Mexiletine for symptoms and signs of myotonia in nondystrophic myotonia: A randomized controlled trial
Context: Nondystrophic myotonias (NDMs) are rare diseases caused by mutations in skeletal muscle ion channels. Patients experience delayed muscle relaxation causing functionally limiting stiffness and pain. Mexiletine-induced sodium channel blockade reduced myotonia in small studies; however, as is common in rare diseases, larger studies of safety and efficacy have not previously been considered feasible. Objective: To determine the effects of mexiletine for symptoms and signs of myotonia in patients with NDMs. Design, Setting, and Participants: A randomized, double-blind, placebocontrolled 2-period crossover study at 7 neuromuscular referral centers in 4 countries of 59 patients with NDMs conducted between December 23, 2008, and March 30, 2011, as part of the National Institutes of Health - funded Rare Disease Clinical Research Network. Intervention: Oral 200-mg mexiletine or placebo capsules 3 times daily for 4 weeks, followed by the opposite intervention for 4 weeks, with 1-week washout in between. Main Outcome Measures Patient-reported severity score of stiffness recorded on an interactive voice response (IVR) diary (scale of 1=minimal to 9=worst ever experienced). Secondary end points included IVR-reported changes in pain, weakness, and tiredness; clinical myotonia assessment; quantitative measure of handgrip myotonia; and Individualized Neuromuscular Quality of Life summary quality of life score (INQOL - QOL, percentage of maximal detrimental impact). Results: Mexiletine significantly improved patient-reported severity score stiffness on the IVR diary. Because of a statistically significant interaction between treatment and period for this outcome, primary end point is presented by period (period 1 means were 2.53 for mexiletine and 4.21 for placebo; difference, -1.68; 95% CI, -2.66 to -0.706; P<.001; period 2 means were 1.60 for mexiletine and 5.27 for placebo; difference, -3.68;95% CI, -3.85 to -0.139; P=.04). Mexiletine improved the INQOL - QOL score (mexiletine, 14.0 vs placebo, 16.7; difference, -2.69; 95% CI, -4.07 to -1.30; P<.001) and decreased handgrip myotonia on clinical examination (mexiletine, 0.164 seconds vs placebo, 0.494 seconds; difference, -0.330; 95% CI, -0.633 to -0.142; P<.001). The most common adverse effect was gastrointestinal (9 mexiletine and 1 placebo). Two participants experienced transient cardiac effects that did not require stopping the study (1 in each group). One serious adverse event was determined to be not study related. Conclusion: In this preliminary study of patients with NDMs, the use of mexiletine compared with placebo resulted in improved patient-reported stiffness over 4 weeks of treatment, despite some concern about the maintenance of blinding. Trial Registration: clinicaltrials.gov Identifier: NCT00832000 ©2012 American Medical Association. All rights reserved.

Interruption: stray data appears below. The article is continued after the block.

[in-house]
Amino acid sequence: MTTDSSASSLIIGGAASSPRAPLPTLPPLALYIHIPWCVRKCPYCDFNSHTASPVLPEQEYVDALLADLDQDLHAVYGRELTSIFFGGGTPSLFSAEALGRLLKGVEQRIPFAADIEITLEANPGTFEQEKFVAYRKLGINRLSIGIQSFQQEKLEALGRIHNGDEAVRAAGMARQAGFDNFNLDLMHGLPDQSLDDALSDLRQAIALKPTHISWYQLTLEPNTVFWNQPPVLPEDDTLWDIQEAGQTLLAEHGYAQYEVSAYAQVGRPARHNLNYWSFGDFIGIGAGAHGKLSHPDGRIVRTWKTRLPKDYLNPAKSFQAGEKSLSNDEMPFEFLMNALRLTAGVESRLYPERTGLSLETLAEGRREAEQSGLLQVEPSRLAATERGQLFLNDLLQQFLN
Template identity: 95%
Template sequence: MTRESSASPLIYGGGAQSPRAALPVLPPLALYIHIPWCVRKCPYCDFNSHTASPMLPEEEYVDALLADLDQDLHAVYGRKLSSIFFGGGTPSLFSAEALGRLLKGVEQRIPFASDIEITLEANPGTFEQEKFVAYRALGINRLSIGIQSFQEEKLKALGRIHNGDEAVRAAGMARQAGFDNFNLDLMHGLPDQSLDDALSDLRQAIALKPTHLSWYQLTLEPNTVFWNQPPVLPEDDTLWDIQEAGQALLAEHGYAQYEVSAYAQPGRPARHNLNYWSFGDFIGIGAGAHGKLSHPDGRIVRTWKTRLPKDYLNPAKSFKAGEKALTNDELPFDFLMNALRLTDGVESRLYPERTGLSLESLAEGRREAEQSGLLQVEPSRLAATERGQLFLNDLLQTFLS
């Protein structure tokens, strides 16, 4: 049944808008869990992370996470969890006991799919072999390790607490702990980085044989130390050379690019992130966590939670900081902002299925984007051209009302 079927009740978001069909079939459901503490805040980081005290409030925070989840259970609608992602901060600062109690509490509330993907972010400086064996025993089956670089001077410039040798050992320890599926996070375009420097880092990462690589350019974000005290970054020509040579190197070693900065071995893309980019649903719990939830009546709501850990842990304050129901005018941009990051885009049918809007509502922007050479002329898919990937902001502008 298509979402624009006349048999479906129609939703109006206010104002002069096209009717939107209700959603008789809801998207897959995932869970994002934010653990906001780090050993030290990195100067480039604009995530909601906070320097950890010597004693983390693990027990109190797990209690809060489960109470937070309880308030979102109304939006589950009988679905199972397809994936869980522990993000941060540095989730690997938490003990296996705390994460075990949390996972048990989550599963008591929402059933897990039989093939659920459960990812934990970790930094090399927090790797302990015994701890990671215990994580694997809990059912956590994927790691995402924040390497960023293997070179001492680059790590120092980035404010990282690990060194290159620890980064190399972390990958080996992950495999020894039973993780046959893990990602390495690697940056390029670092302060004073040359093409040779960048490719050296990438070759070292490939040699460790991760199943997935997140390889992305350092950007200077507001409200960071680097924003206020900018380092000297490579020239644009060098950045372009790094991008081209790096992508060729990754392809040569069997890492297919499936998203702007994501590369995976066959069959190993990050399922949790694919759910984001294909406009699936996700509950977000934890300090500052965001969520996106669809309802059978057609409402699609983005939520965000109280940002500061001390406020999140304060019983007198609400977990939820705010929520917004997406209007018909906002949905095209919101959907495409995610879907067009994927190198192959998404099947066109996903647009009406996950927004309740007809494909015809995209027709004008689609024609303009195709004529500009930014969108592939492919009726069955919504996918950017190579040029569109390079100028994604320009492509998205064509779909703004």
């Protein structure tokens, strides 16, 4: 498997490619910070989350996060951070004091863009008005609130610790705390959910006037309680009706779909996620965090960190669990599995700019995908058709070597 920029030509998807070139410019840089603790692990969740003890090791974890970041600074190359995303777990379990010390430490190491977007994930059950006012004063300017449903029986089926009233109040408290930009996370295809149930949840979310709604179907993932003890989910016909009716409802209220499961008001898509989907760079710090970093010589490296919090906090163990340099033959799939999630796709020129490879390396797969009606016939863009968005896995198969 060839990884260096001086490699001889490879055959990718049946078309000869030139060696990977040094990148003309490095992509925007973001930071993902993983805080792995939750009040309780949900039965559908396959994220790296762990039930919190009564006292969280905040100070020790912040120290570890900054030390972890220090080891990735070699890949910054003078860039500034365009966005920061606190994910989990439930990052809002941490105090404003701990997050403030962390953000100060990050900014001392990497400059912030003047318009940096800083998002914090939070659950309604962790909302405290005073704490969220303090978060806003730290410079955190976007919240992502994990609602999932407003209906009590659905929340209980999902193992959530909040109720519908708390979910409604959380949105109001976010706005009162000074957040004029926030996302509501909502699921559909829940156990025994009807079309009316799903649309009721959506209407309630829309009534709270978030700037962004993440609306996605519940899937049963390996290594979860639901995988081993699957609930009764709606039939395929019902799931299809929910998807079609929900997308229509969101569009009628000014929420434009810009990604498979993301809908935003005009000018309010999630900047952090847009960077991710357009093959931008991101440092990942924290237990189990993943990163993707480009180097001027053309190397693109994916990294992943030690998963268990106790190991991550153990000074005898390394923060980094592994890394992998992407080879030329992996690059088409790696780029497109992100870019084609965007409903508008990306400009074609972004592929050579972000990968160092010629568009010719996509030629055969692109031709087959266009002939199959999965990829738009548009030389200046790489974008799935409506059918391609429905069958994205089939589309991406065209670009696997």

Statland, JM; Bundy, BN; Wang, Y; Rayan, DR; Trivedi, JR; Sansone, VA; Salajegheh, MK; Venance, SL; Ciafaloni, E; Matthews, E; Meola, G; Herbelin, L; Griggs, RC; Barohn, RJ; Hanna, MG; Dimachkie, M; Miller, J; Pimental, R; Gorham, N; McLin, R; Gonzales, V; Amato, AA; Roe, K; Chused, S; Kayd, E; Hahn, A; Koopman, W; Verheyden, J; Ten Haaf, A; Piechowicz, C; Twydell, P; Aronson, K; Hart, K; Smith, P; Herr, B; Eichinger, K; Pandya, S; Bean, S; Puwanant, A; Ke, Q; Scheltz, J; Whitesell, L; Barreto, G; Tan, V; Burge, J; Dewar, E; Lopez-Begum, D; Sud, R; Haworth, A; McCall, S; Zanolini, A; Ciocca, M; Krischer, J; Ruhlig, H; Gomes, J; Richesson, R; Leduc, R; Pilger, J; Day, JW; Leshner, RT; Mackenzie, TA; Wagner, K; Odenkirchen, JC; Stewart, R
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